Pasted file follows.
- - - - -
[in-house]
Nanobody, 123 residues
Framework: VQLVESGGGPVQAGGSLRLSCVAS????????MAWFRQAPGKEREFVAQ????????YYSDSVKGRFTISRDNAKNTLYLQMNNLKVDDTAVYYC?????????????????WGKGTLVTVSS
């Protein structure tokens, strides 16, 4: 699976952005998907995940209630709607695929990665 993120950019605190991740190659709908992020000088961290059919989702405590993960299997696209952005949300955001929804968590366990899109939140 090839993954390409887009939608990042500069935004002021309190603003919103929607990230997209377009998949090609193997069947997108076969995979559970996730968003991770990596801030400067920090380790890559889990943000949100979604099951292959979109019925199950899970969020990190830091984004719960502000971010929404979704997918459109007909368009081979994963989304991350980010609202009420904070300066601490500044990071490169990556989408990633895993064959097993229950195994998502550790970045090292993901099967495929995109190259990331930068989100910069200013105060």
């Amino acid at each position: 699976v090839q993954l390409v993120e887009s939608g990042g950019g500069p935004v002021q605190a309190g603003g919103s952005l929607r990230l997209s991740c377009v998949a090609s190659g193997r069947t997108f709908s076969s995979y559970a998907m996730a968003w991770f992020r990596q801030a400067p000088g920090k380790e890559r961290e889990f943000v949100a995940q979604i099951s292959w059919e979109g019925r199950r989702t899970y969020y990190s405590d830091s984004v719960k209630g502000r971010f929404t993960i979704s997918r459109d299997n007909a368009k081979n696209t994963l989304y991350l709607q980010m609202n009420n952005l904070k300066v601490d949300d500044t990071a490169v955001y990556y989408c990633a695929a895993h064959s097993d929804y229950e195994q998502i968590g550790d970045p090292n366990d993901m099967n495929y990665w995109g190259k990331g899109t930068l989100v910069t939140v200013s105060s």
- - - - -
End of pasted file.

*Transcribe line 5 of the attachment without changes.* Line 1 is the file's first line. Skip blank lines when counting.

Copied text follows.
């Amino acid at each position: 699976v090839q993954l390409v993120e887009s939608g990042g950019g500069p935004v002021q605190a309190g603003g919103s952005l929607r990230l997209s991740c377009v998949a090609s190659g193997r069947t997108f709908s076969s995979y559970a998907m996730a968003w991770f992020r990596q801030a400067p000088g920090k380790e890559r961290e889990f943000v949100a995940q979604i099951s292959w059919e979109g019925r199950r989702t899970y969020y990190s405590d830091s984004v719960k209630g502000r971010f929404t993960i979704s997918r459109d299997n007909a368009k081979n696209t994963l989304y991350l709607q980010m609202n009420n952005l904070k300066v601490d949300d500044t990071a490169v955001y990556y989408c990633a695929a895993h064959s097993d929804y229950e195994q998502i968590g550790d970045p090292n366990d993901m099967n495929y990665w995109g190259k990331g899109t930068l989100v910069t939140v200013s105060s």